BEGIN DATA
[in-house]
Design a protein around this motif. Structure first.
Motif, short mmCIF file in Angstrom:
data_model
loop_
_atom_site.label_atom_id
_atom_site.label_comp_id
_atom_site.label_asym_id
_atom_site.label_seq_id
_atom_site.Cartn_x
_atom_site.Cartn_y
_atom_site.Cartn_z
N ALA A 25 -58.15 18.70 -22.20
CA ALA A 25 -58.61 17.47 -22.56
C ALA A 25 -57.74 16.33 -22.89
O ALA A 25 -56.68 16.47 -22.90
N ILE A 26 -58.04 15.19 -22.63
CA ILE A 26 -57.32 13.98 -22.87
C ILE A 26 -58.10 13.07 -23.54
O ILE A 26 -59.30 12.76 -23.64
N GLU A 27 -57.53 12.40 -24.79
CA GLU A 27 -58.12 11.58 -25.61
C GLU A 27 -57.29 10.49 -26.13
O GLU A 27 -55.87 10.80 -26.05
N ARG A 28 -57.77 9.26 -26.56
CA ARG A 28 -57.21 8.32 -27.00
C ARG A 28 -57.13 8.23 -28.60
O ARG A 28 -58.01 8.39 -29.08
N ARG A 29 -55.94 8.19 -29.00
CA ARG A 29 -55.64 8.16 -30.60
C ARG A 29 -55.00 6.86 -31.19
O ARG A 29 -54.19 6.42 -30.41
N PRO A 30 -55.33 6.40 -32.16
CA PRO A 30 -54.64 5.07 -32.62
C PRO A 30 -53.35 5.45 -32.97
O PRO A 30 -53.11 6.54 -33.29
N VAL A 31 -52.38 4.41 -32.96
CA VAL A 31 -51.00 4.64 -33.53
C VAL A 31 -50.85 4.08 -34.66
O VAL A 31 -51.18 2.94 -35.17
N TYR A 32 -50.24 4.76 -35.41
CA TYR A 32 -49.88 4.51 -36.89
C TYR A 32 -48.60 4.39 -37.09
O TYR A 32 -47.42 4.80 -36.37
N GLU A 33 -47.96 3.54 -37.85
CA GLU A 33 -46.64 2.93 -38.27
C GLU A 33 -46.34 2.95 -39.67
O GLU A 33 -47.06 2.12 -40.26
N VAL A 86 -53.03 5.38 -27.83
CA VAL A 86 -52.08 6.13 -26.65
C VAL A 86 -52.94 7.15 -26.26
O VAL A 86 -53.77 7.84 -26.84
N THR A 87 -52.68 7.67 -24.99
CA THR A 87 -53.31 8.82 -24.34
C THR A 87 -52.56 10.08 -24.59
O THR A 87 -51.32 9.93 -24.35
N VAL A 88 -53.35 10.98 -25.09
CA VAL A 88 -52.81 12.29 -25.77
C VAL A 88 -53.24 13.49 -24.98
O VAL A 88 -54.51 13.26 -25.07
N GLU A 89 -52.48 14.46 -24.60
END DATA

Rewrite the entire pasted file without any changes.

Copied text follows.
[in-house]
Design a protein around this motif. Structure first.
Motif, short mmCIF file in Angstrom:
data_model
loop_
_atom_site.label_atom_id
_atom_site.label_comp_id
_atom_site.label_asym_id
_atom_site.label_seq_id
_atom_site.Cartn_x
_atom_site.Cartn_y
_atom_site.Cartn_z
N ALA A 25 -58.15 18.70 -22.20
CA ALA A 25 -58.61 17.47 -22.56
C ALA A 25 -57.74 16.33 -22.89
O ALA A 25 -56.68 16.47 -22.90
N ILE A 26 -58.04 15.19 -22.63
CA ILE A 26 -57.32 13.98 -22.87
C ILE A 26 -58.10 13.07 -23.54
O ILE A 26 -59.30 12.76 -23.64
N GLU A 27 -57.53 12.40 -24.79
CA GLU A 27 -58.12 11.58 -25.61
C GLU A 27 -57.29 10.49 -26.13
O GLU A 27 -55.87 10.80 -26.05
N ARG A 28 -57.77 9.26 -26.56
CA ARG A 28 -57.21 8.32 -27.00
C ARG A 28 -57.13 8.23 -28.60
O ARG A 28 -58.01 8.39 -29.08
N ARG A 29 -55.94 8.19 -29.00
CA ARG A 29 -55.64 8.16 -30.60
C ARG A 29 -55.00 6.86 -31.19
O ARG A 29 -54.19 6.42 -30.41
N PRO A 30 -55.33 6.40 -32.16
CA PRO A 30 -54.64 5.07 -32.62
C PRO A 30 -53.35 5.45 -32.97
O PRO A 30 -53.11 6.54 -33.29
N VAL A 31 -52.38 4.41 -32.96
CA VAL A 31 -51.00 4.64 -33.53
C VAL A 31 -50.85 4.08 -34.66
O VAL A 31 -51.18 2.94 -35.17
N TYR A 32 -50.24 4.76 -35.41
CA TYR A 32 -49.88 4.51 -36.89
C TYR A 32 -48.60 4.39 -37.09
O TYR A 32 -47.42 4.80 -36.37
N GLU A 33 -47.96 3.54 -37.85
CA GLU A 33 -46.64 2.93 -38.27
C GLU A 33 -46.34 2.95 -39.67
O GLU A 33 -47.06 2.12 -40.26
N VAL A 86 -53.03 5.38 -27.83
CA VAL A 86 -52.08 6.13 -26.65
C VAL A 86 -52.94 7.15 -26.26
O VAL A 86 -53.77 7.84 -26.84
N THR A 87 -52.68 7.67 -24.99
CA THR A 87 -53.31 8.82 -24.34
C THR A 87 -52.56 10.08 -24.59
O THR A 87 -51.32 9.93 -24.35
N VAL A 88 -53.35 10.98 -25.09
CA VAL A 88 -52.81 12.29 -25.77
C VAL A 88 -53.24 13.49 -24.98
O VAL A 88 -54.51 13.26 -25.07
N GLU A 89 -52.48 14.46 -24.60